Sadly running FoCal under Windows XP is not possible, it has mainly to do with the camera manufacturers pulling their support for the camera interface libraries from XP. Supported Windows are version 7 onwards see also http://www.reikan.co.uk/focalweb/index.php/why/requirements/
I managed to install Windows 7 on parallels on my mac. My first run through with the V2 release was smooth, and the results were more consistent. The AF data variability was lowered enough that one particularly problematic lens/camera combination now gave an “answer” to the mf adjustment. Obviously, I’m looking forward to more functionality and mac compatibility… Now lets see if I can get an answer for the TC2.0 combination, which eluded the v1.X version.
One of the questions that has come through the FoCal 2 Test Release Feedback form is some users are not familiar with the HotKey Function that works alongside “the nice text to speech lady” 🙂
To find out more about the Camera HotKey please see the manual at http://dl.fo-cal.co.uk/Docs/Manuals/FoCal_18.104.22.1686_Win.pdf – sections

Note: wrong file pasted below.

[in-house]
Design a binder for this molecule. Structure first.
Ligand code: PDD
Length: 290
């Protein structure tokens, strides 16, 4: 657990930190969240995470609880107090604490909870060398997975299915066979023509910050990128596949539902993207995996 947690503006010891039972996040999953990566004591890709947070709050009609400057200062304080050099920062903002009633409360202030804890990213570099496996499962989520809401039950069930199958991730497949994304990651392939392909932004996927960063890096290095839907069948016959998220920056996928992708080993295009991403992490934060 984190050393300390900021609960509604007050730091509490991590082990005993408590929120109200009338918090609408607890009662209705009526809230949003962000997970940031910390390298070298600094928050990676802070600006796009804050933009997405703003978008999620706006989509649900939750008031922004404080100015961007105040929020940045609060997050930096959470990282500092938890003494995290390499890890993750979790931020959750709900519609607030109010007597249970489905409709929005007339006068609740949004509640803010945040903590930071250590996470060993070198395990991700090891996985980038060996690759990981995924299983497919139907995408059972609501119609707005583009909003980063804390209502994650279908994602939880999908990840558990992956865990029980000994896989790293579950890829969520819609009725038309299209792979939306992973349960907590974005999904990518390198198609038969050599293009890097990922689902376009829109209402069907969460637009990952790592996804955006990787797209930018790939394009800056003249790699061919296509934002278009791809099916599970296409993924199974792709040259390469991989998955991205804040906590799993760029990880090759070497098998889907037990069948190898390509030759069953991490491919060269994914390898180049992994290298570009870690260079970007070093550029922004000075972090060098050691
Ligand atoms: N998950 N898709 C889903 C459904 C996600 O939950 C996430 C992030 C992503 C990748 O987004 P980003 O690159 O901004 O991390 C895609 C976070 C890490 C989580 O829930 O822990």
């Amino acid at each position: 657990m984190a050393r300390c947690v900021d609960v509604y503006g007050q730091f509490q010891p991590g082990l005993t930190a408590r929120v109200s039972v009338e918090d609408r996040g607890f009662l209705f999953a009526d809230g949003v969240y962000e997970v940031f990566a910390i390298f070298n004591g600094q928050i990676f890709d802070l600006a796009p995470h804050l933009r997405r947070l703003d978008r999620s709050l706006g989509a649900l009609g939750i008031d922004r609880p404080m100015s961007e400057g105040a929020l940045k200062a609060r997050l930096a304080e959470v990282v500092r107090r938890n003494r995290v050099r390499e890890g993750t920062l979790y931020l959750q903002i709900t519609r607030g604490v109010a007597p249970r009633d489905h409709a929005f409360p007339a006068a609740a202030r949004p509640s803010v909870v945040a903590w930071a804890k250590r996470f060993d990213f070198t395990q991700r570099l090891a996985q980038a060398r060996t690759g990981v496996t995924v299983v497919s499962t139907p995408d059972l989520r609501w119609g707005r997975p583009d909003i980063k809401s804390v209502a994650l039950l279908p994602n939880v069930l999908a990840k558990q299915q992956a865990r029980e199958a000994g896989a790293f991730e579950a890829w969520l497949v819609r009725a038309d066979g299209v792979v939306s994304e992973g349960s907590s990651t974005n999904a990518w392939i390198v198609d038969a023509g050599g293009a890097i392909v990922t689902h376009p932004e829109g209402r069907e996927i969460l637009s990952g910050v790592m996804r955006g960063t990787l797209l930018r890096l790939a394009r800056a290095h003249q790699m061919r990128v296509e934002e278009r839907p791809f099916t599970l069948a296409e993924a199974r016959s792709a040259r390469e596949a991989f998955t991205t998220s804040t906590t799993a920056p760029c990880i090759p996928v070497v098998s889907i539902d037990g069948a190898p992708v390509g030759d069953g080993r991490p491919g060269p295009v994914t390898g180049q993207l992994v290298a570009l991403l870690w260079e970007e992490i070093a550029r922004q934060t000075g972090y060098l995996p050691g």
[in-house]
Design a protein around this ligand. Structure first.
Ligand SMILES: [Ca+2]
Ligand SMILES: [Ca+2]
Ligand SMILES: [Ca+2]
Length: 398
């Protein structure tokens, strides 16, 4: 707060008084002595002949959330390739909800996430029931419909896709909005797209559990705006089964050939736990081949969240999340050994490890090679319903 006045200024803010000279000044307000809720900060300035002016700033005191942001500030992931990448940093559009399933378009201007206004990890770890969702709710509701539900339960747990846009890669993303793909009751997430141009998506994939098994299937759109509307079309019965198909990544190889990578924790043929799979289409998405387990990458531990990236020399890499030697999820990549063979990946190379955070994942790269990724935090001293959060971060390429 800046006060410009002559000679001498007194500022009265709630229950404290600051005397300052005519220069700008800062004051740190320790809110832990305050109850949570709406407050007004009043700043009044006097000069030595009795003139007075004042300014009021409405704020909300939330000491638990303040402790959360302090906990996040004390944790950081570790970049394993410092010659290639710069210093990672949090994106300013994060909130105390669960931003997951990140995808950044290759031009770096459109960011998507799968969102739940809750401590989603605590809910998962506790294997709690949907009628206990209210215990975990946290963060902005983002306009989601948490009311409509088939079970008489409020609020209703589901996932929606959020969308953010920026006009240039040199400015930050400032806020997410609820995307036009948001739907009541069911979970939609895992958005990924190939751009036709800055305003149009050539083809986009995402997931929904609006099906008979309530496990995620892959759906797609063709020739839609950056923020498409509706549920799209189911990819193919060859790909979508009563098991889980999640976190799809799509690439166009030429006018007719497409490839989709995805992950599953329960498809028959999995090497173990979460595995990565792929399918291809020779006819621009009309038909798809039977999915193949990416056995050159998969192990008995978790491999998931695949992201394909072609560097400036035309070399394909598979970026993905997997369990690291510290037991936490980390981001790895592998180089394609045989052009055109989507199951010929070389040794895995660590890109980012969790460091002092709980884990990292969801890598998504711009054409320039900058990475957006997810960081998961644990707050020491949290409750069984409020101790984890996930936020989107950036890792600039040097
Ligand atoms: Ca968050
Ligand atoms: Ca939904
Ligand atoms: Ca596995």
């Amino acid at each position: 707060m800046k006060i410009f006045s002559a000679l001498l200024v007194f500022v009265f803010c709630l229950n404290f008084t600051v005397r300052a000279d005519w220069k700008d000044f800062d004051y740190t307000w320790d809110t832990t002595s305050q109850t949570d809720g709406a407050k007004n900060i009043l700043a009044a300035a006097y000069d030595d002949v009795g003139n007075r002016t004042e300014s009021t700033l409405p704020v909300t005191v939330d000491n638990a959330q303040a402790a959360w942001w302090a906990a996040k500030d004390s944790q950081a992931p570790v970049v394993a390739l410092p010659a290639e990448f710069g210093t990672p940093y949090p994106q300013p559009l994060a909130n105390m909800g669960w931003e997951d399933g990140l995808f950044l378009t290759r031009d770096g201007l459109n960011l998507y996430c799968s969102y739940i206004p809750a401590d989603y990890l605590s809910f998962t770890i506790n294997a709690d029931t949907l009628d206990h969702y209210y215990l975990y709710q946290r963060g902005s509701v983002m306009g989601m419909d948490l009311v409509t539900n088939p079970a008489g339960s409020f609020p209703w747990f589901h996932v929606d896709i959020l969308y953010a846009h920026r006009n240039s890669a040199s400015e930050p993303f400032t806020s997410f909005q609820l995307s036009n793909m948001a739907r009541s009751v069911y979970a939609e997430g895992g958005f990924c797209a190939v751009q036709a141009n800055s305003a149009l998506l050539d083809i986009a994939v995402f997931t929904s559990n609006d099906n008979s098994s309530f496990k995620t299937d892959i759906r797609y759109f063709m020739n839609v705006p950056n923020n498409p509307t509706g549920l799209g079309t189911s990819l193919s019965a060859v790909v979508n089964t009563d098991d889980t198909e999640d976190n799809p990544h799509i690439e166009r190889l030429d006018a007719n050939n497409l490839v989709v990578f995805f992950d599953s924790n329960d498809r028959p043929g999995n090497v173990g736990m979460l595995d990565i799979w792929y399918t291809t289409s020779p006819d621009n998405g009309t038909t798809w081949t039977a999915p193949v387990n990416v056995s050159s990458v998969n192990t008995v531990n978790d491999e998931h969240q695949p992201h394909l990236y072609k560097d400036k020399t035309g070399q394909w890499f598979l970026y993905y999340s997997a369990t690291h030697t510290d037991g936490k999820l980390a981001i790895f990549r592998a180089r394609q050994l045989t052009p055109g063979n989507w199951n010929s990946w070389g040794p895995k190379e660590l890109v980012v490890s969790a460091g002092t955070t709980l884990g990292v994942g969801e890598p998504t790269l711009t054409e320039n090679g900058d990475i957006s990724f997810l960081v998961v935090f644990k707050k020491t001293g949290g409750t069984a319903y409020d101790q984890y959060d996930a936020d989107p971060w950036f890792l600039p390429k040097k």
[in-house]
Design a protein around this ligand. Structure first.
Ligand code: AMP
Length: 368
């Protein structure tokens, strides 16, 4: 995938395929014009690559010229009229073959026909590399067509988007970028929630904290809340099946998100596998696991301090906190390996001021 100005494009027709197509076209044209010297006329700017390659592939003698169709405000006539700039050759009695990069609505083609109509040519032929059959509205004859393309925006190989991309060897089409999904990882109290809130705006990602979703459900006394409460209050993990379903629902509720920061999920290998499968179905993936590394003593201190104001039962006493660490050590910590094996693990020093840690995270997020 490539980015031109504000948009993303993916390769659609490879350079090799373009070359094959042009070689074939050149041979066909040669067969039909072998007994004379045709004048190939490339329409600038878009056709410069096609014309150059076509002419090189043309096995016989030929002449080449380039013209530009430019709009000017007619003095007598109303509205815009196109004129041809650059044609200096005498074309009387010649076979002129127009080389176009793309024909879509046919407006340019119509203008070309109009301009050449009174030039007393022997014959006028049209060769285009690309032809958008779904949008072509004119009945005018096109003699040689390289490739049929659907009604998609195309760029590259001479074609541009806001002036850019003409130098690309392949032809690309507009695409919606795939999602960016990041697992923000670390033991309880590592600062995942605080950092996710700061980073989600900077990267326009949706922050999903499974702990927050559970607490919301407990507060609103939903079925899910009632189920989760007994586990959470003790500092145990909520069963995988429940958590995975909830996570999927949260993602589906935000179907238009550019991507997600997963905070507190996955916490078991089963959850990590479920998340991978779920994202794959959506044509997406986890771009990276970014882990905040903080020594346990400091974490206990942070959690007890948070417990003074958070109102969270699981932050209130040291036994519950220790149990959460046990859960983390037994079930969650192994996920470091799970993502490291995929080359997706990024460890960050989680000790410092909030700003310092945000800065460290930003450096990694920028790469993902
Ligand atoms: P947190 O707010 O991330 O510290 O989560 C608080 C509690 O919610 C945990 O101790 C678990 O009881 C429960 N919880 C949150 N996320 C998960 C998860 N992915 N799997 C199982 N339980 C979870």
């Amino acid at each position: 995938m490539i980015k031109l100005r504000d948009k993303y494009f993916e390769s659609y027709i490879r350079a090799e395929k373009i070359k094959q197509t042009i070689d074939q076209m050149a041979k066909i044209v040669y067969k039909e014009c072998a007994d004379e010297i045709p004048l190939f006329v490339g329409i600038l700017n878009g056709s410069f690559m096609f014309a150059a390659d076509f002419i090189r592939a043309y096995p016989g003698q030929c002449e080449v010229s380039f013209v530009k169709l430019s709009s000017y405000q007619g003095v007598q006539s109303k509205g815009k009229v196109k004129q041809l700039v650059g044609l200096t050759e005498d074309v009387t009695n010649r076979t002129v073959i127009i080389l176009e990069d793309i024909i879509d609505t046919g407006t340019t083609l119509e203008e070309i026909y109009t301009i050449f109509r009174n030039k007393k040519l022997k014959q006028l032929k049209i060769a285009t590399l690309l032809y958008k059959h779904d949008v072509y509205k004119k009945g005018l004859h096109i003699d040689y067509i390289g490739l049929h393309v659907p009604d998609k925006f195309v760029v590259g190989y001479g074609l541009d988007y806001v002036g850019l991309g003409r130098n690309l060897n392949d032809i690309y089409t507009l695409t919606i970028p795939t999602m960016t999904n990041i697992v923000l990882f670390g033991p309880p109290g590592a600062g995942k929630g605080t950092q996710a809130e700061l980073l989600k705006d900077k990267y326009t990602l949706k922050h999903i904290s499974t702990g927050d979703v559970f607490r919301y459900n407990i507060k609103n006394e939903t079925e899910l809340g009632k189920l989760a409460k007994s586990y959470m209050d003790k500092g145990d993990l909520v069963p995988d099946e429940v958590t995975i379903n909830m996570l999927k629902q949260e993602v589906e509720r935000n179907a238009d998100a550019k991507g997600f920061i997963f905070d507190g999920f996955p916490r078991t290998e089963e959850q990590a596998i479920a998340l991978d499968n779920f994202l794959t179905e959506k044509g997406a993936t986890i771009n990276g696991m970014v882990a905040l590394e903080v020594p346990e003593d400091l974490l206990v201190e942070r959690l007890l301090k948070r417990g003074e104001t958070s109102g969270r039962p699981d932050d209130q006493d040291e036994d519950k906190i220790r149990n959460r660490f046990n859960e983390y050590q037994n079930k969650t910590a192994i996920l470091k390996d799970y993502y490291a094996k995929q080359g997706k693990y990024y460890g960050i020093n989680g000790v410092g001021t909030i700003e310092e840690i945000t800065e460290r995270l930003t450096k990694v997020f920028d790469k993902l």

23.3.3 Nikon Camera HotKey
23.4.3 Canon Camera HotKey
Please keep the feedback coming via the FoCal 2 Test Release Feedback form it’s great to know a lot of users are enjoying using V2 and all feedback will be useful.
Looking forward to the Mac version with the new features. Keep up the great work guys!
I just purchased V1 Pro to use with a Canon 7D2. Should I skip VI and just install V2?
Simple answer is you can install them both, they can both be installed at the same time and you can pick either to use. Starting out you just as well start with V1 but actually give both a go, any questions raise a support ticket (V2 specific tickets should be raised on the V2 feedback form so they will be seen by the right people).
If I read this correctly only users of focal pro can get the upgrade. I haven’t bought yet so I wondered if vers 2 will eventually filter down to focal plus.
Yes, FoCal 2 Plus is on the horizon and will be a similar feature split as now between FoCal 1 Plus and FoCal 1 Pro so it will happen (and will also be a free upgrade for FoCal 1 users).
I have a mac license (Pro). Can I also download a Windows license
Yes, FoCal can be installed on more than one system (and indeed that can be a mix of Mac and Windows systems). If you get stuck please raise a support ticket 🙂
For the functions that work, in particular AF Microadjustment, can I trust the resulting values in Ver. 2 as they are different then the same tests in Ver. 1 or should they be considered Beta and taken with a grain of salt ?